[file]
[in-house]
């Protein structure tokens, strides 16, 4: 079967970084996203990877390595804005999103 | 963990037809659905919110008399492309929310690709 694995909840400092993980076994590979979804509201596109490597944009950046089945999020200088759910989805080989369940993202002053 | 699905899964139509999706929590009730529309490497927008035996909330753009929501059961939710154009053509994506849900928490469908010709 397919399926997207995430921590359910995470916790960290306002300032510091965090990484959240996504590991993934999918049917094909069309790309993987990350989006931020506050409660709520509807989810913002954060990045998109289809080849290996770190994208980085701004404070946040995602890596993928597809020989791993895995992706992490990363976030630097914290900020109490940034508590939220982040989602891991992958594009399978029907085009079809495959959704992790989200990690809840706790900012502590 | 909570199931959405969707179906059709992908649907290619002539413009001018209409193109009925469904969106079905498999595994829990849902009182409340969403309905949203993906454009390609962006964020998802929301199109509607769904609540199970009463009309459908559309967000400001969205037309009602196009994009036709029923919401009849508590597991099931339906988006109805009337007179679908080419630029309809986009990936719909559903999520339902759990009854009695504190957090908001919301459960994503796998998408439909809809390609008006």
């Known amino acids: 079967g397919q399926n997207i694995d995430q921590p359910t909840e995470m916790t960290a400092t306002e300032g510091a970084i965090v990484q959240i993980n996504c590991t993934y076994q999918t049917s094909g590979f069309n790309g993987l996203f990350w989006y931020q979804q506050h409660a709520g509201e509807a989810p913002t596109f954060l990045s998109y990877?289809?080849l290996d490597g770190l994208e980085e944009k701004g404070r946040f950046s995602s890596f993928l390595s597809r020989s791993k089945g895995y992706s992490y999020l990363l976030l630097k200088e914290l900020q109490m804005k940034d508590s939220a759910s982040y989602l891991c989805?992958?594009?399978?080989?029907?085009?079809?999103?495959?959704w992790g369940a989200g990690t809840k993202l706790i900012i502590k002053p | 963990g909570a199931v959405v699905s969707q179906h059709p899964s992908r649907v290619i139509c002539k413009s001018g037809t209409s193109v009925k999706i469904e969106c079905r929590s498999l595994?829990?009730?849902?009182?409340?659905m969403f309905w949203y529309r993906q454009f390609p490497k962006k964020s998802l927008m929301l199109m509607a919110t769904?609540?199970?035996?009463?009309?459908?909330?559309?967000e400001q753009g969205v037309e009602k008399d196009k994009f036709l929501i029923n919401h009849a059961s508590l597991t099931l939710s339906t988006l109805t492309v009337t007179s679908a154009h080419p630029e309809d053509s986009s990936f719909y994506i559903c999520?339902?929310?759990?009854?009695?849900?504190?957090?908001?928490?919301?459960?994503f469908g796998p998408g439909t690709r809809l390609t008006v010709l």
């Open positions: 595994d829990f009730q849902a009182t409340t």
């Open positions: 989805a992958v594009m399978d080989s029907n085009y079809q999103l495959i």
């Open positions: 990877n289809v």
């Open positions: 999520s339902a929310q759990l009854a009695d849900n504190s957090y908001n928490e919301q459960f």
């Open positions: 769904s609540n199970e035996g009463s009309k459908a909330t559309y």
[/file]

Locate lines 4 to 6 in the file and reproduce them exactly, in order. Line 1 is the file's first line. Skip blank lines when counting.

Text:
């Open positions: 595994d829990f009730q849902a009182t409340t």
């Open positions: 989805a992958v594009m399978d080989s029907n085009y079809q999103l495959i």
């Open positions: 990877n289809v």